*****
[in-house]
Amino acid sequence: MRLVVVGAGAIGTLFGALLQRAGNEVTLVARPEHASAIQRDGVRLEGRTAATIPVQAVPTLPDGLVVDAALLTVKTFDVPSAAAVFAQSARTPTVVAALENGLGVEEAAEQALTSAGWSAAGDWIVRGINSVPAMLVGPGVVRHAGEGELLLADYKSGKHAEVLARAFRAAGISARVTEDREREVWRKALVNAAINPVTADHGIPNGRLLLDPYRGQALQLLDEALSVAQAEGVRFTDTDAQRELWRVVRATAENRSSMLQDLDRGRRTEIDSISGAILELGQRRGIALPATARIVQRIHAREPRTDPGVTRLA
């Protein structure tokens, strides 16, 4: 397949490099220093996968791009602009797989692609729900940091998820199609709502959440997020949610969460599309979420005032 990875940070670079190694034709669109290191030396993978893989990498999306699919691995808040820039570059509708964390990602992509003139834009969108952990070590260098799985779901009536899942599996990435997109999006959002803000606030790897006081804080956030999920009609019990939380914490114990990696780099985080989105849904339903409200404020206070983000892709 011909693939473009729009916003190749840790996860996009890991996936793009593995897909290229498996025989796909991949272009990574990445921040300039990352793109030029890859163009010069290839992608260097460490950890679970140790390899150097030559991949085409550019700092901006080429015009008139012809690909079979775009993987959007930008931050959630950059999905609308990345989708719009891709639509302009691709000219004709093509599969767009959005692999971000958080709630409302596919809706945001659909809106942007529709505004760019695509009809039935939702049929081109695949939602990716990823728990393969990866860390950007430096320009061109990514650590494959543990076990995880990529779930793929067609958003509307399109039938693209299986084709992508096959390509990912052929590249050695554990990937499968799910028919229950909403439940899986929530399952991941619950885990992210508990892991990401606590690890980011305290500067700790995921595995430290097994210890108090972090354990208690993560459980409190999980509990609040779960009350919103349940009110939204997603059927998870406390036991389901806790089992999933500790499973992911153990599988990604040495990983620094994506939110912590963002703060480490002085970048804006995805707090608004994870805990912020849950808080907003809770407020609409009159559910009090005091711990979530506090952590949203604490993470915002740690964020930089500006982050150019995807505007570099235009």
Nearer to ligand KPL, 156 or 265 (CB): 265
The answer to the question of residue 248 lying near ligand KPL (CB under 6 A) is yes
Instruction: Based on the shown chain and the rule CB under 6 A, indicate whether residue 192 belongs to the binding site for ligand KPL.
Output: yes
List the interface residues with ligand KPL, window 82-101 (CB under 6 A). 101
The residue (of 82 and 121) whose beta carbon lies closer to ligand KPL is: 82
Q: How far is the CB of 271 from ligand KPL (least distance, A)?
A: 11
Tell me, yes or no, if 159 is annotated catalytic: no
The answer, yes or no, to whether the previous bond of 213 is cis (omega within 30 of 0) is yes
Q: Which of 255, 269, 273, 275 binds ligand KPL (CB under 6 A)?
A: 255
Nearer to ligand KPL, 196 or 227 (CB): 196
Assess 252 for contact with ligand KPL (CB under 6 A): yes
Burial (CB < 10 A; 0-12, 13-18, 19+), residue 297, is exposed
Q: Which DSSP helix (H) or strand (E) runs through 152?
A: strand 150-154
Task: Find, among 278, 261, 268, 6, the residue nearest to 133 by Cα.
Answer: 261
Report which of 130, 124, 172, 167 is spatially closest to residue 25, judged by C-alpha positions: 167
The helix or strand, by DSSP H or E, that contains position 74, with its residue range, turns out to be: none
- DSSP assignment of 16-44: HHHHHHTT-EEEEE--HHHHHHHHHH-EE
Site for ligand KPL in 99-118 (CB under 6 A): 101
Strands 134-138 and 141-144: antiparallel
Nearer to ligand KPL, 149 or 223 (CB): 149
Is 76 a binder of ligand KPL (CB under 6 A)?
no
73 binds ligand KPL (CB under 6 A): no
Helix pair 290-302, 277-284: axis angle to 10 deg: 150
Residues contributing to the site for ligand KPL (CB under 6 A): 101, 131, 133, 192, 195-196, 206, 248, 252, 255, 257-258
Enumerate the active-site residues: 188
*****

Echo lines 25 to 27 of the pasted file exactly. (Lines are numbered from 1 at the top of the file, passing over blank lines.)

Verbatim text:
- DSSP assignment of 16-44: HHHHHHTT-EEEEE--HHHHHHHHHH-EE
Site for ligand KPL in 99-118 (CB under 6 A): 101
Strands 134-138 and 141-144: antiparallel